Two Empresses was a strange conflation of two lives, one which seemed to be a string of historical events with weak characterization, and the other which seemed to be almost entirely fictional but with an interesting plot line.
The story begins with Rose and Aimee, cousins and members of the French aristocracy on the island of Martinique. Rose is wild, passionate, willing to take risks. Aimee is measured, practical. They encounter a Voodoo queen who promises that they will each become empresses, but that Rose will be filled with sorrow while Aimee will have joy in what comes after her. Fast forward a dozen or more years through Rose’s tumultuous marriage, two children born, the horrific French Revolution, a score of lovers, until she finally–incredibly reluctantly–marries Napoleon Bonaparte and is renamed as Josephine. Meanwhile, Aimee, after receiving her education at a convent in France, takes ship back to Martinique only to be captured by Barbary Pirates and sold to the Turkish sultan where she becomes the favored concubine in his harem.
Both of the women’s narratives were told in first person and since they covered many years of history, more time was spent in getting the events down on paper than in fleshing out secondary characters. In Rose/Josephine’s story, there was little to like about her. She was selfish, vapid, and ready to sleep with anyone who asked her. The other characters in her life didn’t receive much fleshing out, and it felt like a string of one historical event after another combined with a Josephine-pity-party. When she finally decided she loved Napoleon, there was no reason given, other than her own survival, and the about-face was, frankly, confusing.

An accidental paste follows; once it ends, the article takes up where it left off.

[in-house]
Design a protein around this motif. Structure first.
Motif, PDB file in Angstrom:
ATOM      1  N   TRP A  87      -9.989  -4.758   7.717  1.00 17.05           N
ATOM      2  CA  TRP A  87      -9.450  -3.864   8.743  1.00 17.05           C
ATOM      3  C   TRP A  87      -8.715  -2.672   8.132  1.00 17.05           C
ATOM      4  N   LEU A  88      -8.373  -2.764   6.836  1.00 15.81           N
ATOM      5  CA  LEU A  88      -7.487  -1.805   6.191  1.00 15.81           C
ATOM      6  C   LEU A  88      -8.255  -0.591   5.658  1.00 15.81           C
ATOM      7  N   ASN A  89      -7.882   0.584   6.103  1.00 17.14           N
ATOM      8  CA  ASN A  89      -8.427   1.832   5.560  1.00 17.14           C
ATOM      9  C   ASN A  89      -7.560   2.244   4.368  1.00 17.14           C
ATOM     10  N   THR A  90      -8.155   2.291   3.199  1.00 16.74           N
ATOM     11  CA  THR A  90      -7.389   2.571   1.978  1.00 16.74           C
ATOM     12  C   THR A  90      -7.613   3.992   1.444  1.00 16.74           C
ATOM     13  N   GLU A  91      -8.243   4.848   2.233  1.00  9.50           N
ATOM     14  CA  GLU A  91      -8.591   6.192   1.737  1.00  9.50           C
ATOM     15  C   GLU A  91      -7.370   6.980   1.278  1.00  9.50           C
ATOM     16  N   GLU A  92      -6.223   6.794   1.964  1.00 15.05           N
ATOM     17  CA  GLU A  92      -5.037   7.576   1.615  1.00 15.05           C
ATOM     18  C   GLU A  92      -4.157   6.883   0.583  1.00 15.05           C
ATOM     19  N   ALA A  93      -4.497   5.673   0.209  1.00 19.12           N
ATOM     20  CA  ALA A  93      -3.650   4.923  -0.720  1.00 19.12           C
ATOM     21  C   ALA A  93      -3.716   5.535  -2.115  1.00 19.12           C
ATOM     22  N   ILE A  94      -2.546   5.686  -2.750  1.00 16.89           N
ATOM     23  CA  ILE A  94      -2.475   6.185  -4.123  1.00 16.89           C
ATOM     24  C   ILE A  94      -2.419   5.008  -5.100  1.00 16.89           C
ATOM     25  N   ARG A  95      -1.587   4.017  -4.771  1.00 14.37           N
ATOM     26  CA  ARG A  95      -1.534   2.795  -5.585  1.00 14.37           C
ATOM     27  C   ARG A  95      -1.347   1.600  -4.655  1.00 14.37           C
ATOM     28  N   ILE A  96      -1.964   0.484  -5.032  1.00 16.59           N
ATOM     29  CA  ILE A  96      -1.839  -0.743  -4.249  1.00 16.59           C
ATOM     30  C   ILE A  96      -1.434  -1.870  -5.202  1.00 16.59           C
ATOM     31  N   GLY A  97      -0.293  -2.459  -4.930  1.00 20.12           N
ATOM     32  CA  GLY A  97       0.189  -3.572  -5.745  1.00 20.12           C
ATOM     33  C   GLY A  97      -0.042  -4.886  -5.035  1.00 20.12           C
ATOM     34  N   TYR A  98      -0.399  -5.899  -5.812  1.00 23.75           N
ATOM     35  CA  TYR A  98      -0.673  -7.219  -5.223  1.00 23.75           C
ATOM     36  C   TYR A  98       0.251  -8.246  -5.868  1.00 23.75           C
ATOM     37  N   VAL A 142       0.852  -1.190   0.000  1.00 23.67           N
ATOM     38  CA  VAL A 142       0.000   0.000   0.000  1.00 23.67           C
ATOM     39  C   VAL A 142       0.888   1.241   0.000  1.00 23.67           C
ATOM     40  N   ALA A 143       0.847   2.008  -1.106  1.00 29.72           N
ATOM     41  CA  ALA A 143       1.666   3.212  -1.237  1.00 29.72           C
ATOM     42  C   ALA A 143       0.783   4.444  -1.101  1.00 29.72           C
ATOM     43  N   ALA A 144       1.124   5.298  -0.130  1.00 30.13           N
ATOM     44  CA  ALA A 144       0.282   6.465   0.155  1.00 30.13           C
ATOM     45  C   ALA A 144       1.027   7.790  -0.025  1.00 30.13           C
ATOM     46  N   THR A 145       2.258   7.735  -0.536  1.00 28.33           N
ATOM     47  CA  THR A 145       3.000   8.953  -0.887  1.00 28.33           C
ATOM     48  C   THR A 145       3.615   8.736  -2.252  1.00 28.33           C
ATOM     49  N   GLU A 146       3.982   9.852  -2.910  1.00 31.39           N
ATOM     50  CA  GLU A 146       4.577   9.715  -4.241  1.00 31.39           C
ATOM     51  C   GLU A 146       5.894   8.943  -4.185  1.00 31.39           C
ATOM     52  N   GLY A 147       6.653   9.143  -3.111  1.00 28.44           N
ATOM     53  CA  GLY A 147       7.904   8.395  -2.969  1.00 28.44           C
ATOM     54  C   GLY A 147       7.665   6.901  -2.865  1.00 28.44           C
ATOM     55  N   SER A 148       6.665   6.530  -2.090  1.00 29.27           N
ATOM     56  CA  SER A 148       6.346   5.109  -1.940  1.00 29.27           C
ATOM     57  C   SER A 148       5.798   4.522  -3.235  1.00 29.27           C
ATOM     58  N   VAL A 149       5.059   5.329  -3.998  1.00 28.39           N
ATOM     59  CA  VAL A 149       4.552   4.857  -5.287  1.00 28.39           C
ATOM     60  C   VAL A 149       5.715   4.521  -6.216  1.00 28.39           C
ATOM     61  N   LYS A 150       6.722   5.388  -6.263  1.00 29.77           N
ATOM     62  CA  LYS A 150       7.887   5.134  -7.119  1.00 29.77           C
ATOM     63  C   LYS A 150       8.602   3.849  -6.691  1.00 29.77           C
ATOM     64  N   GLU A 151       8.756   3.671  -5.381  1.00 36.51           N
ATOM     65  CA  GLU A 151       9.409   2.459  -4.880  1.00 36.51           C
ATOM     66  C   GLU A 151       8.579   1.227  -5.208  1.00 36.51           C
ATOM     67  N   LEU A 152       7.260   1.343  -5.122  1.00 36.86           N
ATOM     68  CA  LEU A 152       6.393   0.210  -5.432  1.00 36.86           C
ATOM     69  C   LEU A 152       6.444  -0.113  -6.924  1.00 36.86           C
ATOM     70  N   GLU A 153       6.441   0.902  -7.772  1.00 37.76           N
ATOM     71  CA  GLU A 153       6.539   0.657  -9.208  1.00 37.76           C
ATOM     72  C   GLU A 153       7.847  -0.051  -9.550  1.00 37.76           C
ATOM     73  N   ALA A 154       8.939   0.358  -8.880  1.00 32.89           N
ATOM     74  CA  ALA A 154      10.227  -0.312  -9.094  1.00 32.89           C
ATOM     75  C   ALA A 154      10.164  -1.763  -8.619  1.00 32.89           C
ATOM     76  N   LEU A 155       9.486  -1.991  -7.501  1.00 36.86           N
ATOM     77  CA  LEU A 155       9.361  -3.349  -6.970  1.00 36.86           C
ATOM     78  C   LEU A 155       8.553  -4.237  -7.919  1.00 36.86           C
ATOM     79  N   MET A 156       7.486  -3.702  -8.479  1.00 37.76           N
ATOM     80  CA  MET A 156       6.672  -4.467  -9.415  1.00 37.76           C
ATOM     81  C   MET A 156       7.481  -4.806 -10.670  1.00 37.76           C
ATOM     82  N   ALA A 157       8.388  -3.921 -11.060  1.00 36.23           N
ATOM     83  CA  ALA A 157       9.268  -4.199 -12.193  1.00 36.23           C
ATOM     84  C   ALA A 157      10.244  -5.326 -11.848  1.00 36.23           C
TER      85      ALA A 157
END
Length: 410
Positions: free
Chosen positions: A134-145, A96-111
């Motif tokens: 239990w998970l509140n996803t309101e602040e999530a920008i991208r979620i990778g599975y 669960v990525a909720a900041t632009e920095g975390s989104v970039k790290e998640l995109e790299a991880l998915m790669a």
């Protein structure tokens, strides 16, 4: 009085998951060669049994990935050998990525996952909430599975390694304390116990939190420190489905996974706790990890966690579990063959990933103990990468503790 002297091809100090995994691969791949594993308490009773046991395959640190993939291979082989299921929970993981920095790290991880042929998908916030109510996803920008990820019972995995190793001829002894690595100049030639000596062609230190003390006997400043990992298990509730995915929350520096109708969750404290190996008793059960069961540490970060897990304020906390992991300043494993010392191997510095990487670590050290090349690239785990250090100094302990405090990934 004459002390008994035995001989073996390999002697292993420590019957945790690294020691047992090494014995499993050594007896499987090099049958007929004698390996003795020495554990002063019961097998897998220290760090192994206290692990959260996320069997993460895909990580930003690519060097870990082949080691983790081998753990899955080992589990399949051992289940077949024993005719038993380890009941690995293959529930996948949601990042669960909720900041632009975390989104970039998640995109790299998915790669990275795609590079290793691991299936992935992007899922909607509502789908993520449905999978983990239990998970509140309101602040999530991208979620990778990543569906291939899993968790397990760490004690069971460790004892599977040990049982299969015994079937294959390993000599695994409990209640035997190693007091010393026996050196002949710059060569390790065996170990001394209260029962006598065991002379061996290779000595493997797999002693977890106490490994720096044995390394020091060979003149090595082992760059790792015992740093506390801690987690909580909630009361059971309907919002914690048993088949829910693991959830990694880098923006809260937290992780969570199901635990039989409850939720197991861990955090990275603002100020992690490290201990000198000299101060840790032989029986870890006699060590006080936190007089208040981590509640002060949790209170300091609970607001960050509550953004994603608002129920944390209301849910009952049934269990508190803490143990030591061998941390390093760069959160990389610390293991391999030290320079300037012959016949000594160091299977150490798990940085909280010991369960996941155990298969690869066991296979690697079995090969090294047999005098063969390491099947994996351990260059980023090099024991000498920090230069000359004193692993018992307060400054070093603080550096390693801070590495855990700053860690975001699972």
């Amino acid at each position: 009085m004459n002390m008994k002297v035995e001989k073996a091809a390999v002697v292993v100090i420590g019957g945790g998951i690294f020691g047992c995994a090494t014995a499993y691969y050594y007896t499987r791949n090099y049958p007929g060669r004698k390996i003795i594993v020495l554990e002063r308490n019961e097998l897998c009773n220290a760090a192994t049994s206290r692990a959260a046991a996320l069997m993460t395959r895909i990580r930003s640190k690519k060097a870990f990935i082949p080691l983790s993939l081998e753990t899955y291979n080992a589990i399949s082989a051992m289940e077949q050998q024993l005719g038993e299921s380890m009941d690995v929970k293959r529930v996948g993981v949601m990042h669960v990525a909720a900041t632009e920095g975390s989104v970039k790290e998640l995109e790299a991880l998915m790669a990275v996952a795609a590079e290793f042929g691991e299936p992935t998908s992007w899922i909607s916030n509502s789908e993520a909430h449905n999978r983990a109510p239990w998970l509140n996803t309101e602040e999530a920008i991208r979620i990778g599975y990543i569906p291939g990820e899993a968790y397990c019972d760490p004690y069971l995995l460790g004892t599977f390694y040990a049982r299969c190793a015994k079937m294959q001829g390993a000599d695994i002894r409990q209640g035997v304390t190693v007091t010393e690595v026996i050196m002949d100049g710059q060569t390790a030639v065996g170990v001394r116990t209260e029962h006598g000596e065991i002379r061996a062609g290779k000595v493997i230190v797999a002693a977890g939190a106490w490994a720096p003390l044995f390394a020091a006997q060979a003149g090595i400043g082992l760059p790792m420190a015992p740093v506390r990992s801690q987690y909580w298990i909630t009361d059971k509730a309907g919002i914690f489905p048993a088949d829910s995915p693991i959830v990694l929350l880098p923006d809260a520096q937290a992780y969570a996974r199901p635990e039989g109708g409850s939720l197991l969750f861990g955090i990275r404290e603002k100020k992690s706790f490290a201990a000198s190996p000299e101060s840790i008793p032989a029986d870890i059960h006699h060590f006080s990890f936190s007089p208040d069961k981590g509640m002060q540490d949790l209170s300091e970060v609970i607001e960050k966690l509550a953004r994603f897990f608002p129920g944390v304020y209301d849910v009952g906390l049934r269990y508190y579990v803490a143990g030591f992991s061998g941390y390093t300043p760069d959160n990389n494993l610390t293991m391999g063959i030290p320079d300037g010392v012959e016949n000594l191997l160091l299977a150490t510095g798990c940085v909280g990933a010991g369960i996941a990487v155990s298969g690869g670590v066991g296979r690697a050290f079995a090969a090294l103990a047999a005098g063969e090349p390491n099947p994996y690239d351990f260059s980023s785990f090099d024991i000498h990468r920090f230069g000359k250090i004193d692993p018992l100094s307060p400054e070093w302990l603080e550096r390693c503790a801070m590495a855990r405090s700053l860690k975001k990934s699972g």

Aimee’s story was more intriguing. She showed resourcefulness in navigating the treacherous waters of the harem as she becomes Sultana Naksidil and defends her adoptive son Mahmoud against plots. The main difficulty with the Aimee plot line is that scholars have fairly definitively proven that the intriguing Sultan Naksidil was of Georgian descent, not French. Which means that the Aimee legend is just a legend, and of a totally different level of historicity than Josephine’s life.
I did appreciate how the French history regarding Napoleon finally “tied together” in the epilogue as we learn how Turkey decides to act in the altercation between France and Russia. But in other respects, this novel was a strange mixture of oil and water with two empresses that might have been better served if dealt with separately.
I received a complimentary copy of this book from Netgalley and the publisher. All opinions expressed in this review are my own.